What is it about environmentalism that suspends people’s powers of rational judgement? It’s a kind of talisman imbuing your cause, and your funding request, with an aura of sanctity and quasi-infallibility. Want to engage in some grubby vote-buying handouts or take a junket, say flying to the Caribbean on a private jet? Just be sure to say you’re “creating good jobs, and fighting climate change” and all will be well. Want to drum up excitement for your genetically engineered fruit fly? Just mention you-know-what: “We believe biotechnology has the potential for immense positive benefit on people and the planet, and new innovations in synthetic biology will be a key tool in our fight against climate change”. Then there’s entrepreneur Frank Stronach, who peddles cracker-barrel wisdom in the National Post including a recent mostly sensible claim that the Canadian economy is drastically overregulated and “We could easily slash half of the regulations that are on the books and nothing would change for the worse” only to panic with “The one exception in terms of removing regulations would be any rules or laws related to workplace safety and the environment. In my view, those should be untouchable.” It’s actually two exceptions, but never mind, because once you say abracadabra environment, things that used to be irrational become unquestionable.
Or do they? What possible reason exists for supposing that the very same tendency to overregulate in other areas does not exist here for the same “public choice” reasons from “regulatory capture” to the risk-averse nature of bureaucrats who pay no price for opportunities foregone unlike private investors? Plus sincere conviction; as the Manhattan Contrarian observes on this same subject:
“So far all indications are that bureaucracies — and environmental bureaucracies in particular — are utterly incapable of making reasonable tradeoffs. You don’t go into a career as an environmental bureaucrat if you think that your concern for the environment is something that can or should be compromised.”
He cites the EU’s recent regulatory attack on nitrogen in fertilizers, which he observes is especially obtuse, or insane, because every single amino acid contains nitrogen. Yet they label it “pollution” and there are not even the limited but real avenues through which Americans can fight such measures (including one regarding CO2 where he is involved as a lawyer).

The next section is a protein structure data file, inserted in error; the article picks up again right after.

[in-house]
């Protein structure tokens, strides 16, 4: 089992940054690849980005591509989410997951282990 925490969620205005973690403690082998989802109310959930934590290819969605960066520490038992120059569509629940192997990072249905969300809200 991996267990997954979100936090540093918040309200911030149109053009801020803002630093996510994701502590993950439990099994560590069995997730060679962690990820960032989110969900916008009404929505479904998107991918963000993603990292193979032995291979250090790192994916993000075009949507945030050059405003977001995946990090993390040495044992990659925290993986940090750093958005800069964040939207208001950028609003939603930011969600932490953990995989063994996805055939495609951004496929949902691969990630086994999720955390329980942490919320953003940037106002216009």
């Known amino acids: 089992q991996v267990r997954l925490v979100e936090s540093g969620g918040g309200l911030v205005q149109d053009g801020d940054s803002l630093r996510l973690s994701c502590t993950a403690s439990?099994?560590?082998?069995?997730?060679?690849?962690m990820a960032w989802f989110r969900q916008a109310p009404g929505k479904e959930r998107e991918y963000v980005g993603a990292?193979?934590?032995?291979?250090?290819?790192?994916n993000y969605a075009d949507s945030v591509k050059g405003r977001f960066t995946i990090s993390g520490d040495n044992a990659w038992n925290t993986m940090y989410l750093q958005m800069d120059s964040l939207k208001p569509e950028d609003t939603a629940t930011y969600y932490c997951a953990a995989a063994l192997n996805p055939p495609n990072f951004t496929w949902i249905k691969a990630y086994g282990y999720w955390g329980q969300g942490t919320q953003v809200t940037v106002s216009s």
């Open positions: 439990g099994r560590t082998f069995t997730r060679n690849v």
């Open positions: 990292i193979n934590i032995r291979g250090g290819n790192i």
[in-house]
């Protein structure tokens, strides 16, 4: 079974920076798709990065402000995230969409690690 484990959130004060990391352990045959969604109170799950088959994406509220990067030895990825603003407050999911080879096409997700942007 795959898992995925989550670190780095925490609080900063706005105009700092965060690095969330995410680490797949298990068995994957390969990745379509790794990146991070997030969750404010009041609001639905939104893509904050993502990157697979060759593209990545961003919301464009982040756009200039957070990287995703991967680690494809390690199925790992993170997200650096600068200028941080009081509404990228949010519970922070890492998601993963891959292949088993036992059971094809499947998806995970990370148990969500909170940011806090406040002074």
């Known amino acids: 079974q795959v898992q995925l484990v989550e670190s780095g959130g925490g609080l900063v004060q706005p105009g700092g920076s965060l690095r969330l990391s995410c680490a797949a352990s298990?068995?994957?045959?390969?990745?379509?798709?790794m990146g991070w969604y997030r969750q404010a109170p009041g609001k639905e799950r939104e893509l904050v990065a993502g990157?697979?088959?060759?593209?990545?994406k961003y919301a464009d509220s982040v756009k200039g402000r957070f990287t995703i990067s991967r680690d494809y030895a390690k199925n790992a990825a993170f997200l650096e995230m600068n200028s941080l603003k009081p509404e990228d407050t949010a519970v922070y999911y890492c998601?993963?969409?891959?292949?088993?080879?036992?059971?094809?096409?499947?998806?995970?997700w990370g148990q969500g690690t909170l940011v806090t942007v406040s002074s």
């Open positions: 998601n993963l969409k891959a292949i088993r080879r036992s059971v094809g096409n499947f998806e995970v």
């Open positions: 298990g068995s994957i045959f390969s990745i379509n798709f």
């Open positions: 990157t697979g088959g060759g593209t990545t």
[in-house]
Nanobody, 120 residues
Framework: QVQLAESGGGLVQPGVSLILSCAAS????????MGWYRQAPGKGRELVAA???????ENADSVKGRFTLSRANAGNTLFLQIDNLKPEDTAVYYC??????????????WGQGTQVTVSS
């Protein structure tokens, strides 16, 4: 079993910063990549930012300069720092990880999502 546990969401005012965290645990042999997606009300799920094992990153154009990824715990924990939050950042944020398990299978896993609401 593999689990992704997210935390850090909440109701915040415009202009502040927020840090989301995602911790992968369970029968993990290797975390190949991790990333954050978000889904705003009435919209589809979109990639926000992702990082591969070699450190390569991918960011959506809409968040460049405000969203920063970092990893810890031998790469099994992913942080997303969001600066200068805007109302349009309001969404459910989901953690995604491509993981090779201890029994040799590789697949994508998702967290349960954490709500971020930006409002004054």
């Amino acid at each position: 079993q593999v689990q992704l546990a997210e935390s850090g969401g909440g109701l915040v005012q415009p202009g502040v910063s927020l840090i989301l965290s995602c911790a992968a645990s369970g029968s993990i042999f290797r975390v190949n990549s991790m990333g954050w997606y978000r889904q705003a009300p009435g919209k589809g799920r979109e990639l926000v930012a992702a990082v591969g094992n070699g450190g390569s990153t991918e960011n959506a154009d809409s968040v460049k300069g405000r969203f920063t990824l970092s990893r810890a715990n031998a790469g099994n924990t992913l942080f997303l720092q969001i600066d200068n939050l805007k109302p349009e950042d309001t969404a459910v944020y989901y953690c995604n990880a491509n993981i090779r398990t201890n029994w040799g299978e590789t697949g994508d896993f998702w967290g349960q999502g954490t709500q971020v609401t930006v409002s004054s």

In the real world, in this case the UK, the economic pain caused by such measures is becoming increasingly clear and urgent. And it’s not just the overall burden of climate policy but its capricious, incoherent and inefficient nature as, the Telegraph reports:
“Britain’s energy industry risks ‘death by a thousand cuts’ as tax raids, red tape and a constant ‘flip-flopping’ on policy deter investment, the head of one of Britain’s biggest power producers has warned.”
And how could it fail to be incoherent when, yet again, the far-left Guardian yaps that “UK shoppers slash spending as price rises and energy bills bite” but can see no connection between increasing energy prices and the relentless campaign it has championed to, um, increase the price of energy.
Still, if you want to avoid awkward questions and establish your moral superiority, say you’re doing it for the climate, the tundra, the polar bears, the kittens and so tornadoes don’t swoop down on a daily basis and churn up the flood waters of the drought.
Thus “Canada’s spy service warns that climate change poses a profound, ongoing threat to national security and prosperity, including the possible loss of parts of British Columbia and the Atlantic provinces to rising sea levels” and who could refuse to increase the CSIS budget to forestall that disaster, plus fighting in the streets “across the traditional left-right ideological spectrum” between climate alarmists and, who knows, Sons of Thor who want their furnace to turn on.
As Global reports:
“Among the other effects CSIS anticipates:/ The loss of biodiversity and habitat, coupled with environmental changes, will see people interact more with wildlife, increasing the risk of transmission of animal-borne diseases to humans and possibly more frequent pandemics;/ Arable land will be lost to pollution, human use and desertification, putting more stress on agricultural resources;/ Freshwater resources will shrink due to environmental degradation and climate change pressures at a time when they are increasingly needed. ‘Water may transition from an unseen commodity to one of the world’s most vital and contested resources.’”
Among others. This is no time for a cost-benefit analysis when “it is already underway and will incrementally build across decades to come.” What with Russia and China invading the Arctic, B.C. going whoosh gurgle glug and “Human migration might grow to unprecedented volume due to newly uninhabitable territory, extreme weather events, drought and food shortages, and human conflict zones, CSIS says.”
So no touching those regulations and give us more money to study and fight it. Lots more. Don’t ask questions, because aaaaaaaah:
“Overall, climate change will undermine global critical infrastructure, threaten health and safety, create new scarcity and spark global competition, and might open the door to regional or international conflicts, the CSIS brief says. ‘Put simply, climate change compounds all other known human security issues and serves as an accelerant towards negative security outcomes. No country will be immune from climate change or associated risks.’”
On a more prosaic note, admittedly not hard, when the City of Ottawa puts out “New Zoning By-law Discussion Papers and Surveys” to distract attention from the concrete jungle urban infill is creating and the massive potholes it once again cannot fix, along with its manky light rail, the first paper is of course “Climate Change, Resiliency, Public Health”.
Who could oppose resiliency or health? Give us more money.